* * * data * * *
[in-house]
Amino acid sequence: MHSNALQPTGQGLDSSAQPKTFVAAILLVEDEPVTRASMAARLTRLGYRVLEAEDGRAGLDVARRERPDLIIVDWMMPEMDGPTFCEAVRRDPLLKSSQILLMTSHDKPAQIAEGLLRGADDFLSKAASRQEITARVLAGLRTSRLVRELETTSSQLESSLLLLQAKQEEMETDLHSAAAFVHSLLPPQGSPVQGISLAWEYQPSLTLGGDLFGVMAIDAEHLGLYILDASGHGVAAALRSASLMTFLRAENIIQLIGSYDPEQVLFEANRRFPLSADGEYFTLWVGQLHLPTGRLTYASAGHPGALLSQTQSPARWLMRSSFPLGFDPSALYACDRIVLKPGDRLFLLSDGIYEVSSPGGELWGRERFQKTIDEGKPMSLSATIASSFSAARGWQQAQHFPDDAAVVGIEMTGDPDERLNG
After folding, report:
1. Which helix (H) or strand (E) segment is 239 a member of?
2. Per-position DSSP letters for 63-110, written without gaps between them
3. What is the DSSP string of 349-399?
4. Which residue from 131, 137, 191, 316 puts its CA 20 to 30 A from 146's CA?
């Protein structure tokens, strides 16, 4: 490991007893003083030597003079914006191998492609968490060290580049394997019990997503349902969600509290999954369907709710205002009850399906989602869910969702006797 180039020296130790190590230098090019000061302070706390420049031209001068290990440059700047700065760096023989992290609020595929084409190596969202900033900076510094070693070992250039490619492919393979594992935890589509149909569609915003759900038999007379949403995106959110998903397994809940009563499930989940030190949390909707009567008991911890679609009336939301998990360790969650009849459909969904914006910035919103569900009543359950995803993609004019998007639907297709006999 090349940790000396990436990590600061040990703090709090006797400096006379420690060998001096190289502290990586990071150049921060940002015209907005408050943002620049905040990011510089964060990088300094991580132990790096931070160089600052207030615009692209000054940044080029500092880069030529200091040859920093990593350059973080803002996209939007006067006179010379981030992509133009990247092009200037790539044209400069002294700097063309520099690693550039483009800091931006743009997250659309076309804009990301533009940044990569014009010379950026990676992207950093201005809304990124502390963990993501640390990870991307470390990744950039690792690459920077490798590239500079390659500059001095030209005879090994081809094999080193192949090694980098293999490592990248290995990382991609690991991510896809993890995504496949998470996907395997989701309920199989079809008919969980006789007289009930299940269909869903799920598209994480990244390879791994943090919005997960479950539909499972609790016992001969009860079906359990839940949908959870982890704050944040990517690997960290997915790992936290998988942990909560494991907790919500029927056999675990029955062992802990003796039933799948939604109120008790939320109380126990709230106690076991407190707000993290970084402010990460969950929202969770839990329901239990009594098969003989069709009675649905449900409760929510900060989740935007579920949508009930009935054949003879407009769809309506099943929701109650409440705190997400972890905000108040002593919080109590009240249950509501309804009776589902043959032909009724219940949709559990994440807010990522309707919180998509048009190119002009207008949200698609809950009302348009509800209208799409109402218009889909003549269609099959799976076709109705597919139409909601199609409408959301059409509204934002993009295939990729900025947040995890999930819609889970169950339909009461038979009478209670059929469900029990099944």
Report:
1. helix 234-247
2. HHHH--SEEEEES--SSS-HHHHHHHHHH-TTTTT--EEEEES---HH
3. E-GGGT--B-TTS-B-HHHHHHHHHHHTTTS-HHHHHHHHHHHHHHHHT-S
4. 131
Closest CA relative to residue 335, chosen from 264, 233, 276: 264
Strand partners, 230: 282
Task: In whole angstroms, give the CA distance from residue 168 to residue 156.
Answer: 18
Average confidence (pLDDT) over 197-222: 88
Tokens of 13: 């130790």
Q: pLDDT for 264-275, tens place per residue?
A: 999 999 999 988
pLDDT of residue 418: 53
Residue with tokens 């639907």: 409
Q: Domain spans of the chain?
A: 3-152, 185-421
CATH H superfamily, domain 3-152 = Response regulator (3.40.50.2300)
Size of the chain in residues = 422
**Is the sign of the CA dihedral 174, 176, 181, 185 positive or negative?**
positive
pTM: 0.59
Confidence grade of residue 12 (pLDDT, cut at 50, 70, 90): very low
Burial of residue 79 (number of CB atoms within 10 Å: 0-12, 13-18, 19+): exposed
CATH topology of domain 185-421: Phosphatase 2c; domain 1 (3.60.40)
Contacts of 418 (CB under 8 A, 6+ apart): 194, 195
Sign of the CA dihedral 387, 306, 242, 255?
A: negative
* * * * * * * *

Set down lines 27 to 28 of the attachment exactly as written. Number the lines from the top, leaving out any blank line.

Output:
Size of the chain in residues = 422
**Is the sign of the CA dihedral 174, 176, 181, 185 positive or negative?**